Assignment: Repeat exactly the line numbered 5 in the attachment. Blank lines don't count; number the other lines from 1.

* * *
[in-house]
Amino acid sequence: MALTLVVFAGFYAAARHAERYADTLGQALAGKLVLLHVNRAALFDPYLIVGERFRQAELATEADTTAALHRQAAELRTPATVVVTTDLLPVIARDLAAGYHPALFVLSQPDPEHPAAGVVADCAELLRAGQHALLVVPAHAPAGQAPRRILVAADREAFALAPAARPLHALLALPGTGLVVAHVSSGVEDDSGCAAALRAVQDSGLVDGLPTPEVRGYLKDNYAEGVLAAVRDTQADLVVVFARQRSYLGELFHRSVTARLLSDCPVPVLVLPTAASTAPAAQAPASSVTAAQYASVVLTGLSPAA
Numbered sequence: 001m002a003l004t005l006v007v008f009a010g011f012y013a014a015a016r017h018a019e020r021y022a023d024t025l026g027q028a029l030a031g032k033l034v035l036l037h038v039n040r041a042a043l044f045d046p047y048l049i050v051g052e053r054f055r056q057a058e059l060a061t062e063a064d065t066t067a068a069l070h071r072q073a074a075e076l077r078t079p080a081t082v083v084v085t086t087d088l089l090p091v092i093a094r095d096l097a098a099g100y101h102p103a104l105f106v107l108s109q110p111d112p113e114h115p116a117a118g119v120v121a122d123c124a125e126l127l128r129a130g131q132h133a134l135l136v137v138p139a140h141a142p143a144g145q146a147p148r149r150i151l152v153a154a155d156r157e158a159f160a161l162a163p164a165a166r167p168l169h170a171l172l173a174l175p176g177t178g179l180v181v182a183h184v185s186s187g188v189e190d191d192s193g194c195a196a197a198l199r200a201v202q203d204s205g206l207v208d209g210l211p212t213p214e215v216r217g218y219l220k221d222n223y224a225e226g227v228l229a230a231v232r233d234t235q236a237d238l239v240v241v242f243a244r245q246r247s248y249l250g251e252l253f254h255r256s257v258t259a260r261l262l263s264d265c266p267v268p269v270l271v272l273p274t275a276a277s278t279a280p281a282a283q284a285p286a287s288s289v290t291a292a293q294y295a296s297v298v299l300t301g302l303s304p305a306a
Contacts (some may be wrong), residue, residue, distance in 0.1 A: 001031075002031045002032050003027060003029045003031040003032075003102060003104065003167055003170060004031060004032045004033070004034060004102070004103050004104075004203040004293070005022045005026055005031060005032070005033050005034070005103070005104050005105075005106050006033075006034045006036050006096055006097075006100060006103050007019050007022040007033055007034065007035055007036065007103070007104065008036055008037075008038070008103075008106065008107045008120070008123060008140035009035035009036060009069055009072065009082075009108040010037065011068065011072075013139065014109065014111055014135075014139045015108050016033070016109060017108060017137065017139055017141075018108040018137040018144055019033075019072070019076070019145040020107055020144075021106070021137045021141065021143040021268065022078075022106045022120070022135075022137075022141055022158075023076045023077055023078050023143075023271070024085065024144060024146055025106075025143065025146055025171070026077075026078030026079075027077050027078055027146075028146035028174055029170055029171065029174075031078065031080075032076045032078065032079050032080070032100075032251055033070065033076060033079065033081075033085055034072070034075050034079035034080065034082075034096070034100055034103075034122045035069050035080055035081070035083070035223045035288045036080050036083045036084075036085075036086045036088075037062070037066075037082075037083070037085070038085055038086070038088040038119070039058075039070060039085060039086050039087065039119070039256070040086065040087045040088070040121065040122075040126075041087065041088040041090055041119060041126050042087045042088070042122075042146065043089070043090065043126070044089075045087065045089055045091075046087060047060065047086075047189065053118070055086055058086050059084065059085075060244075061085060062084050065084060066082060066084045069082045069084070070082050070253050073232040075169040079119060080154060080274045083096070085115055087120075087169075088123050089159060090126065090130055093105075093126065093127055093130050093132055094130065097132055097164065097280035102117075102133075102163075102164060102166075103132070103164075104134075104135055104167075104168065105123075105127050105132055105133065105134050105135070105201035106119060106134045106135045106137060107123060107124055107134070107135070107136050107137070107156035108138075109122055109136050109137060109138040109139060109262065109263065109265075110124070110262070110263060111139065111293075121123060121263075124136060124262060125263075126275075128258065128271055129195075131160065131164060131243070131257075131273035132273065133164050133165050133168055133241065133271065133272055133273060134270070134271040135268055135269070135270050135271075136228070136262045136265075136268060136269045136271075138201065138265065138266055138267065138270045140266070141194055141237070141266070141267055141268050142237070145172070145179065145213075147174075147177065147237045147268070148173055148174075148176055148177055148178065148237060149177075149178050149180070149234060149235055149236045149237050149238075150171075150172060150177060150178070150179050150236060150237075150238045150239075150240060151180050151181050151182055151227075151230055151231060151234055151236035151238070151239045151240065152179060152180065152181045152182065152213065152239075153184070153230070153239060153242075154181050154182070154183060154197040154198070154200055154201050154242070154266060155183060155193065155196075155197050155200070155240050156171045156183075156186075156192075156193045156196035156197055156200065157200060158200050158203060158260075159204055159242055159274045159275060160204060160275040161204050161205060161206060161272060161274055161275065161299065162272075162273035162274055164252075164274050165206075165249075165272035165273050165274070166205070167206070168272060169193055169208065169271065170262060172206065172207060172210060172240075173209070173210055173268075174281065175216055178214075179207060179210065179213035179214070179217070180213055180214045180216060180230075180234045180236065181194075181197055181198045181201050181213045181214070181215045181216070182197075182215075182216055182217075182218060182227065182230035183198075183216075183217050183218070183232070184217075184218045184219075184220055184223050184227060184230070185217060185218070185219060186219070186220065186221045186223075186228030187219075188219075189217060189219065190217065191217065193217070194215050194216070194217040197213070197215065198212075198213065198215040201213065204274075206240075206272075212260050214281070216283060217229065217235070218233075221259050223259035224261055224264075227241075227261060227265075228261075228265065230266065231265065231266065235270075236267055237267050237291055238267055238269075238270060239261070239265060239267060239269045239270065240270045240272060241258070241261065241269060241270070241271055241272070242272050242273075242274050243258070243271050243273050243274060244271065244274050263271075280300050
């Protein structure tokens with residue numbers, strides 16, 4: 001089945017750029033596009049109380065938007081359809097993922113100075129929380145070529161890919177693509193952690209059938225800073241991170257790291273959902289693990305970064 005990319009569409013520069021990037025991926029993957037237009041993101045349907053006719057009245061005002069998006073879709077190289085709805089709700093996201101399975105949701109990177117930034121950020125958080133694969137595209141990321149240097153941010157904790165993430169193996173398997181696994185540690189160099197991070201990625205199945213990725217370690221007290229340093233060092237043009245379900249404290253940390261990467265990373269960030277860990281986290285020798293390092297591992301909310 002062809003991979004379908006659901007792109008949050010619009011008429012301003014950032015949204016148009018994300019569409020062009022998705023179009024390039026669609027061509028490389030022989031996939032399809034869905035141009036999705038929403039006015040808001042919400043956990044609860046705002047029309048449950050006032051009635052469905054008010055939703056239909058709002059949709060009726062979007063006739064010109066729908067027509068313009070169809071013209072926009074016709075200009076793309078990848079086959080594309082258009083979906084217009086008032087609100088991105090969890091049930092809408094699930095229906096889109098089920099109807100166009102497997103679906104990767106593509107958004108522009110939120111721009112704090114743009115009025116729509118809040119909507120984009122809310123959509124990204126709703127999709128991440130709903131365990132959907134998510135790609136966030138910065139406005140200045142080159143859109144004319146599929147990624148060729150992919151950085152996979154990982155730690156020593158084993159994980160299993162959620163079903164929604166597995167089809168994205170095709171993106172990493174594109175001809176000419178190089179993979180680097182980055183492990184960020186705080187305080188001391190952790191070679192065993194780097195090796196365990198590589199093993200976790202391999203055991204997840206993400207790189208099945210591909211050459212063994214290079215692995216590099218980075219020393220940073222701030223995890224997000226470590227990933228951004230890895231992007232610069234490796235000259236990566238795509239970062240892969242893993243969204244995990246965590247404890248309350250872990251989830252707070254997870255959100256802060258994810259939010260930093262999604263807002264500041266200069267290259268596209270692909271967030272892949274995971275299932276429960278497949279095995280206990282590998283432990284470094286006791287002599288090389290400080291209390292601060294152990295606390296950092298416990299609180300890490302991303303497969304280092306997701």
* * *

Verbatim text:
């Protein structure tokens with residue numbers, strides 16, 4: 001089945017750029033596009049109380065938007081359809097993922113100075129929380145070529161890919177693509193952690209059938225800073241991170257790291273959902289693990305970064 005990319009569409013520069021990037025991926029993957037237009041993101045349907053006719057009245061005002069998006073879709077190289085709805089709700093996201101399975105949701109990177117930034121950020125958080133694969137595209141990321149240097153941010157904790165993430169193996173398997181696994185540690189160099197991070201990625205199945213990725217370690221007290229340093233060092237043009245379900249404290253940390261990467265990373269960030277860990281986290285020798293390092297591992301909310 002062809003991979004379908006659901007792109008949050010619009011008429012301003014950032015949204016148009018994300019569409020062009022998705023179009024390039026669609027061509028490389030022989031996939032399809034869905035141009036999705038929403039006015040808001042919400043956990044609860046705002047029309048449950050006032051009635052469905054008010055939703056239909058709002059949709060009726062979007063006739064010109066729908067027509068313009070169809071013209072926009074016709075200009076793309078990848079086959080594309082258009083979906084217009086008032087609100088991105090969890091049930092809408094699930095229906096889109098089920099109807100166009102497997103679906104990767106593509107958004108522009110939120111721009112704090114743009115009025116729509118809040119909507120984009122809310123959509124990204126709703127999709128991440130709903131365990132959907134998510135790609136966030138910065139406005140200045142080159143859109144004319146599929147990624148060729150992919151950085152996979154990982155730690156020593158084993159994980160299993162959620163079903164929604166597995167089809168994205170095709171993106172990493174594109175001809176000419178190089179993979180680097182980055183492990184960020186705080187305080188001391190952790191070679192065993194780097195090796196365990198590589199093993200976790202391999203055991204997840206993400207790189208099945210591909211050459212063994214290079215692995216590099218980075219020393220940073222701030223995890224997000226470590227990933228951004230890895231992007232610069234490796235000259236990566238795509239970062240892969242893993243969204244995990246965590247404890248309350250872990251989830252707070254997870255959100256802060258994810259939010260930093262999604263807002264500041266200069267290259268596209270692909271967030272892949274995971275299932276429960278497949279095995280206990282590998283432990284470094286006791287002599288090389290400080291209390292601060294152990295606390296950092298416990299609180300890490302991303303497969304280092306997701």